Ocala business owners join forces and donate $50,000 to families in need

Growing generosity of Central Floridians continues to be seen through various communities

OCALA, Fla. – David DeSantis, the owner of Greiner Clothing store in Ocala, recently pledged $25,000 for people in need of support. The money was donated to United Way of Marion County, Interfaith Emergency Services and to 50 individual families in his community.

“People needed money, they needed cash and I know the government is trying their best to get it circulating and get it in people’s hands and that’s taking time and I just thought I could do this and get it to them quicker,” DeSantis, an Ocala native, said.

He also felt he needed to make a call for action, so he posted a message on Facebook describing his plans. His words moved another local business owner, Joel Raney, from Raney’s Truck Parts.

"I felt very compelled to join into that effort that David was wanting to build. He compared it to a ripple turning into a wave," Raney said. "It was a very sincere, very genuine message about him wanting to help families in need."

David’s message was so moving that Joel matched his pledge for a total of $50,000.

"I think there's a responsibility if you're in the situation where you can help right now, to help," Raney said.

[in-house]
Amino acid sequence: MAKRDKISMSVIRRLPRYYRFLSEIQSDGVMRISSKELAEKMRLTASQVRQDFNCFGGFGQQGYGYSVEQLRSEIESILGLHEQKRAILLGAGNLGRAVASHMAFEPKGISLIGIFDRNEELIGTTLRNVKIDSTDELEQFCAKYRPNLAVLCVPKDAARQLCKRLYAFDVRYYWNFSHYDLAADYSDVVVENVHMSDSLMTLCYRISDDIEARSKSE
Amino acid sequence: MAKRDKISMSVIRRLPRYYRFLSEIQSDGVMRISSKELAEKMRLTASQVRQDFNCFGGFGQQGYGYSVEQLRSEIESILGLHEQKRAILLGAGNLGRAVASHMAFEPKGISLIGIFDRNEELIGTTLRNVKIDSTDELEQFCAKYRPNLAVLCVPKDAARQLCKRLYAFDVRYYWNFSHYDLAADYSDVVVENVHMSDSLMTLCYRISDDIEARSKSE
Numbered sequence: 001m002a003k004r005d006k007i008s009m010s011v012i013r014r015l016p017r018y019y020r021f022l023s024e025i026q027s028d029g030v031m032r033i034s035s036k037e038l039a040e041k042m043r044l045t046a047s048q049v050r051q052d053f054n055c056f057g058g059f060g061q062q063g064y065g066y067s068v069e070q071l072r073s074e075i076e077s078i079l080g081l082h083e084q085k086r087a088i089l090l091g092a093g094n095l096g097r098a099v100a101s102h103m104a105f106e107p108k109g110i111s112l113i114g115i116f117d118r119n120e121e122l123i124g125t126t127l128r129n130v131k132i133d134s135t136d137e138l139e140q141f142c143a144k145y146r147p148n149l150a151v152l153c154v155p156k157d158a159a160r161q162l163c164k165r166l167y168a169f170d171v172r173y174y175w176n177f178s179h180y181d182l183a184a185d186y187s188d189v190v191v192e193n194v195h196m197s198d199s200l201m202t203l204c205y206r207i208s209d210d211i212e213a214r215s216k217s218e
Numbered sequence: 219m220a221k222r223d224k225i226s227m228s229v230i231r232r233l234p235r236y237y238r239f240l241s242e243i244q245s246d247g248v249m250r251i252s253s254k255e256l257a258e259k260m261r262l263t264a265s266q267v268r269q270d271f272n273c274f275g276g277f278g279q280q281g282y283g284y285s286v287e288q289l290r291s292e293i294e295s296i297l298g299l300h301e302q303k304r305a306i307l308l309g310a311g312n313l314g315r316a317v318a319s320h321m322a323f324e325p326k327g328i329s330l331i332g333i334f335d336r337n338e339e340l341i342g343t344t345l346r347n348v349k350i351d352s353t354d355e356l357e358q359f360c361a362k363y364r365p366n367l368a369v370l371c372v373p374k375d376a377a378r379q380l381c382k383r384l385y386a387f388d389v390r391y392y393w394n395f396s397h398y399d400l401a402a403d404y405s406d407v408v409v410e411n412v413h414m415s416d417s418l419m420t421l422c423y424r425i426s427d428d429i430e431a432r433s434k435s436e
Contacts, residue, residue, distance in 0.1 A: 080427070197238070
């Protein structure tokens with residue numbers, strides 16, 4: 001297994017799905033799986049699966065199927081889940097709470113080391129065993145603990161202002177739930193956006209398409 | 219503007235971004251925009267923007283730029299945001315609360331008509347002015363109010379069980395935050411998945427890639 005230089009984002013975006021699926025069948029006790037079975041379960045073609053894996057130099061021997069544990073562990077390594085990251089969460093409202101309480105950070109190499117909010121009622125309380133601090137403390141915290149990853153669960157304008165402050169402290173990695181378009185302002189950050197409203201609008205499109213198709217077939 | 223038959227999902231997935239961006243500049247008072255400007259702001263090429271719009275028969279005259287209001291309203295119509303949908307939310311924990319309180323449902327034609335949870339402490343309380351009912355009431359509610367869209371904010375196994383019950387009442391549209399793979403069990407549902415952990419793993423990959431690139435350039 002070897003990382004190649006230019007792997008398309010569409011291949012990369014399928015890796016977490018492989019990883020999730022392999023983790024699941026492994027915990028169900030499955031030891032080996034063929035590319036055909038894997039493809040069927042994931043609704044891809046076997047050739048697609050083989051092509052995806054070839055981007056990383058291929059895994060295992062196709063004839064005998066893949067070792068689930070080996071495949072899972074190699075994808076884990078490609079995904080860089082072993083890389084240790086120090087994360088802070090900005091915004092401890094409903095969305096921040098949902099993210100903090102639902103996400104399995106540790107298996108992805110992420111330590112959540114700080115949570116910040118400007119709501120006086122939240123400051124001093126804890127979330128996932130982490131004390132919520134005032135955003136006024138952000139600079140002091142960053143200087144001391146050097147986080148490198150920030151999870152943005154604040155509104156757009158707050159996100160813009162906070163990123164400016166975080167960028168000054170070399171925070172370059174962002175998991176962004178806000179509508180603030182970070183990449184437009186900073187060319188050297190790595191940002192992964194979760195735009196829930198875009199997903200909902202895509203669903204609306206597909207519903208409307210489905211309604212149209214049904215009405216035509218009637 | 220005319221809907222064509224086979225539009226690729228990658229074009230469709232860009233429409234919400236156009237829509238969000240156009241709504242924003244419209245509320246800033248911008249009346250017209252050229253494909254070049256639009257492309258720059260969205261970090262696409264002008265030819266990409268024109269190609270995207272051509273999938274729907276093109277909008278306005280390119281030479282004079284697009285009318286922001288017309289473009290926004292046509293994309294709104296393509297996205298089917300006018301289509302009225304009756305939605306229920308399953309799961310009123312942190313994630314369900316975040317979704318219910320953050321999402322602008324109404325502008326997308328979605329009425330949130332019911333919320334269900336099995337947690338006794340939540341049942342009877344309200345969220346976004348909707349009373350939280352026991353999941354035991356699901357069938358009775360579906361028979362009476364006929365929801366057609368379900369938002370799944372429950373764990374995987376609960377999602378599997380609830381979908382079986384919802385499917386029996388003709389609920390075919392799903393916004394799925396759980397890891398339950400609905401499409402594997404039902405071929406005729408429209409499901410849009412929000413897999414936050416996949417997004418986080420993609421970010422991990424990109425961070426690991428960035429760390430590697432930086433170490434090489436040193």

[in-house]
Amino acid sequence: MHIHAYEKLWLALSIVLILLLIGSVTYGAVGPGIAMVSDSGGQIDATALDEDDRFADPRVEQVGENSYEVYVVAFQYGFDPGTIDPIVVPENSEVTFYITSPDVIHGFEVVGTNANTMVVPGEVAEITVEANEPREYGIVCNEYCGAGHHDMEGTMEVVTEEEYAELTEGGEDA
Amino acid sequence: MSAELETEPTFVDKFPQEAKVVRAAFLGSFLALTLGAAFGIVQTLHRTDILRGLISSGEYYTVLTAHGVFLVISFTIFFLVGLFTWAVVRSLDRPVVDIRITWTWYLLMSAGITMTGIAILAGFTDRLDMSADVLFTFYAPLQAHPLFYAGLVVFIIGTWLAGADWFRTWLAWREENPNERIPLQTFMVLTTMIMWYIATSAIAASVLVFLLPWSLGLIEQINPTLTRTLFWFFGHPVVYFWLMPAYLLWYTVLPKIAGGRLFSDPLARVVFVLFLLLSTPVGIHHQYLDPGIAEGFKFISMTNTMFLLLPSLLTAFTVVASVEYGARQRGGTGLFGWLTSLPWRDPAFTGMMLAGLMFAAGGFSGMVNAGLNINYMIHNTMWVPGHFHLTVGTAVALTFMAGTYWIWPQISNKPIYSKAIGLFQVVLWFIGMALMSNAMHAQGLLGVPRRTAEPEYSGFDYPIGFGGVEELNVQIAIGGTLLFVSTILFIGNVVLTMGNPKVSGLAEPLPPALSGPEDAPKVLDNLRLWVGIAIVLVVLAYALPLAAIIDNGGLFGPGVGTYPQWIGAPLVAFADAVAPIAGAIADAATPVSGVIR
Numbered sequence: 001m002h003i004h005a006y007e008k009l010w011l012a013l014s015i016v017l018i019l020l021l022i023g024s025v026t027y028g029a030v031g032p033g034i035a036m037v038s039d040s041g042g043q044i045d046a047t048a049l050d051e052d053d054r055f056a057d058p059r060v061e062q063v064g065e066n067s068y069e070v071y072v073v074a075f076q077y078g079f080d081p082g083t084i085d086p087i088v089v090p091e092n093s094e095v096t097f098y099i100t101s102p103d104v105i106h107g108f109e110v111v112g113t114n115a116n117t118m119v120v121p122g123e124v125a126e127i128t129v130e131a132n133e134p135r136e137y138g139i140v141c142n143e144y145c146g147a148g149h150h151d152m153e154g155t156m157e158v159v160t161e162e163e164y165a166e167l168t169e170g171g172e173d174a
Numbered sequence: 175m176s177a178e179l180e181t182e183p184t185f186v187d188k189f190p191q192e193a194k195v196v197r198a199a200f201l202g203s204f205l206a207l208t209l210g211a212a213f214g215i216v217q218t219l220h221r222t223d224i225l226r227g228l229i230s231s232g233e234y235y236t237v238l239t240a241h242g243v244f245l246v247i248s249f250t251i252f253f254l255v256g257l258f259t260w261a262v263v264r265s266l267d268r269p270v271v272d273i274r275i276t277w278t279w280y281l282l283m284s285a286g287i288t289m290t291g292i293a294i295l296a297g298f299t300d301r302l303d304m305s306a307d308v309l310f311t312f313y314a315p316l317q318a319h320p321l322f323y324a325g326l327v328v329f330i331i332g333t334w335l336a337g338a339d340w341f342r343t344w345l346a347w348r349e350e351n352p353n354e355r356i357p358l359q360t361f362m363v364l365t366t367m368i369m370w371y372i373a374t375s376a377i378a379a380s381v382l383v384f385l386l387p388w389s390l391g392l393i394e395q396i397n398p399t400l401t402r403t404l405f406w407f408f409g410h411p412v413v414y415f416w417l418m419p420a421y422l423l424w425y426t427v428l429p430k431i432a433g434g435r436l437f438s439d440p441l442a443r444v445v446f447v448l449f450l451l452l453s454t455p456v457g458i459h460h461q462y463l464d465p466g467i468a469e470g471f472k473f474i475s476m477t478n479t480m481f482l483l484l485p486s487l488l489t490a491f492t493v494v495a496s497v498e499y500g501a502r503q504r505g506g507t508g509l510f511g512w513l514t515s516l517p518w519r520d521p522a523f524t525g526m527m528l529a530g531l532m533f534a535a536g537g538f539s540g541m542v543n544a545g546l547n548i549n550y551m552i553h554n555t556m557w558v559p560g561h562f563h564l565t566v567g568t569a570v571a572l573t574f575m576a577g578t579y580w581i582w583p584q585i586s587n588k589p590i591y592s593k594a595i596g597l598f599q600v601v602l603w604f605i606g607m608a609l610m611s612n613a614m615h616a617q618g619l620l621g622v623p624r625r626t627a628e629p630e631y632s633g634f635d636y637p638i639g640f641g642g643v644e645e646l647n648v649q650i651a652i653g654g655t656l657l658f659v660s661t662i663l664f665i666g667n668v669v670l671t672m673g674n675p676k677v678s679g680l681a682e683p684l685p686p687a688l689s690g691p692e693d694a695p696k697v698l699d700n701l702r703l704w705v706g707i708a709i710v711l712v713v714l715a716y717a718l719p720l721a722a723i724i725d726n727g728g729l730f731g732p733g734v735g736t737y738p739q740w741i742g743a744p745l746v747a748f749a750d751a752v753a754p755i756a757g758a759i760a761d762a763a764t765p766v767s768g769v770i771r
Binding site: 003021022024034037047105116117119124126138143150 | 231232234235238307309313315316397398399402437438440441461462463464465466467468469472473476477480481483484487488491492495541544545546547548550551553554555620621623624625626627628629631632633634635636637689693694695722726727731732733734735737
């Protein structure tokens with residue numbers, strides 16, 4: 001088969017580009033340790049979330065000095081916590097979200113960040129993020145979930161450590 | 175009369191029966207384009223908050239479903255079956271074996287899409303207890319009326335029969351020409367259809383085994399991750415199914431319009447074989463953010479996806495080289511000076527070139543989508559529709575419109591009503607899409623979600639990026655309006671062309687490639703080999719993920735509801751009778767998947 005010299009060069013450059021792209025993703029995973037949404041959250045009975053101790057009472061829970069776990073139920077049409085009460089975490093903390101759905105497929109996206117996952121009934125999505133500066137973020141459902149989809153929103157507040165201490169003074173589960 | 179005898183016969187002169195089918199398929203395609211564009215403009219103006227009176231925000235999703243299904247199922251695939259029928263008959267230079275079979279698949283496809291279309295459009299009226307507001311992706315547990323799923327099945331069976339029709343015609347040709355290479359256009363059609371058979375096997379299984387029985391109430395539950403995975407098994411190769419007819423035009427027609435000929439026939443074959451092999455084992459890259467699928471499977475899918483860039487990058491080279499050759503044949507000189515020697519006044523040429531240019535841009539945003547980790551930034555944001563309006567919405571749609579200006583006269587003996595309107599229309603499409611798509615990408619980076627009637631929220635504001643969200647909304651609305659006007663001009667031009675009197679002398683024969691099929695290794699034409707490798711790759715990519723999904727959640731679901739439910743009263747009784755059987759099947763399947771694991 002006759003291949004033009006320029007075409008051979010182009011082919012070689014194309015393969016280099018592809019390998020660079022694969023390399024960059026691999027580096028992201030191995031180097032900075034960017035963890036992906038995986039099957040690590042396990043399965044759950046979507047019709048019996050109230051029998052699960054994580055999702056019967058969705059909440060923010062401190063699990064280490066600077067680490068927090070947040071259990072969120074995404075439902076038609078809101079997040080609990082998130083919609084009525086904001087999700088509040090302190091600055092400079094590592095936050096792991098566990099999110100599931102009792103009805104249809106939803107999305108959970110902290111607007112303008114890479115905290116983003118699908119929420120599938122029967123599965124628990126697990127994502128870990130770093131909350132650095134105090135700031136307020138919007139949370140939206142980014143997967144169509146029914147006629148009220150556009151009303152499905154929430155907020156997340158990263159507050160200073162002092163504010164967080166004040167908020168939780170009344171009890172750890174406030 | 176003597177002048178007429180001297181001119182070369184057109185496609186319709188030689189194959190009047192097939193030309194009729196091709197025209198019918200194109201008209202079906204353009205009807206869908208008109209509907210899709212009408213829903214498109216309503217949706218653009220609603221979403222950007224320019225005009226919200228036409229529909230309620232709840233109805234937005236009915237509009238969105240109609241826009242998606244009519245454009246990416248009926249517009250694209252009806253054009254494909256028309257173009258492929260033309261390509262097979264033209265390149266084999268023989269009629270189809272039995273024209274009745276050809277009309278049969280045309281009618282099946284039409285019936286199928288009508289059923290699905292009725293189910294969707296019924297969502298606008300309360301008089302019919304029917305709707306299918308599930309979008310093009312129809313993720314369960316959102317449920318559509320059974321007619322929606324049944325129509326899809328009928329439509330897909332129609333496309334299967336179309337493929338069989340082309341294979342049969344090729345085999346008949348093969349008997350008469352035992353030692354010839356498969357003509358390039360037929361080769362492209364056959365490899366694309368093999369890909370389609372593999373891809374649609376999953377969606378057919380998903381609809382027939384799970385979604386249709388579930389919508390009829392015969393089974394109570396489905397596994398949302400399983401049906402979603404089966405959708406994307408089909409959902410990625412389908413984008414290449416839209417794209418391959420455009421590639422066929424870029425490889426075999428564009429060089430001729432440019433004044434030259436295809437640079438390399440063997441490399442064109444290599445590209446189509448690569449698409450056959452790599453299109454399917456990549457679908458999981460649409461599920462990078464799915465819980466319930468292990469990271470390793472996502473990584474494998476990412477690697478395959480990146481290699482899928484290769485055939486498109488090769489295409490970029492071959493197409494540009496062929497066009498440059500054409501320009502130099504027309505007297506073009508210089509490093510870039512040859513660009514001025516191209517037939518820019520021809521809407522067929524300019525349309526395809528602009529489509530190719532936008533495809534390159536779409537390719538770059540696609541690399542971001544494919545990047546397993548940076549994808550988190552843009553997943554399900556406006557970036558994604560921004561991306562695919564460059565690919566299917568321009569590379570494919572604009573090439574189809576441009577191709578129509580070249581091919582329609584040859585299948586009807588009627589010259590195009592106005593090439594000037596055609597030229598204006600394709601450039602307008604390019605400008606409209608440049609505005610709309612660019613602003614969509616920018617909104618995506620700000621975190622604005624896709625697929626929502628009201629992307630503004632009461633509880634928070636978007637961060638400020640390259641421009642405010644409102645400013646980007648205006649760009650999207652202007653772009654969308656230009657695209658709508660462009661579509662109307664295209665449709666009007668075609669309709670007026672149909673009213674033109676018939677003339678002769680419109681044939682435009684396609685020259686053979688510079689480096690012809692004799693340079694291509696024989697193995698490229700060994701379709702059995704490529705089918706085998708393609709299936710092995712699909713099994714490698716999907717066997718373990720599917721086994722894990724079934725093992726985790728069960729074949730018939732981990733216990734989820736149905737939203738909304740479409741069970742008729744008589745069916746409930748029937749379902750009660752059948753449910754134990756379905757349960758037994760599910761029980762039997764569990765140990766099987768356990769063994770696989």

DeSantis’ said that the response to his social media post from people wanting to help has been overwhelming in the best way possible. From his office inside his downtown store, he’s been taking phone calls and collecting checks.

"I'm telling you there is no small donation. Everything is being used," DeSantis said. "I've had a lot of anonymous donations, you know, friends, customers. I think people just should call and talk to their local agencies and find out what they're doing."

He views it all as an act of compassion and solidarity from strangers coming together for the community they love.

"This community has always stepped up. They always have. There's a lot of big hearts and there's a lot of good people," DeSantis said.

For Raney, it’s a representation of the people that live in the small town of Ocala and their sense of community.

“One of the greatest things that comes from this is I think the positivity it spreads in a time where there’s not much right now.”

DeSantis said he’s not currently collecting any more money to allocate to local nonprofits.

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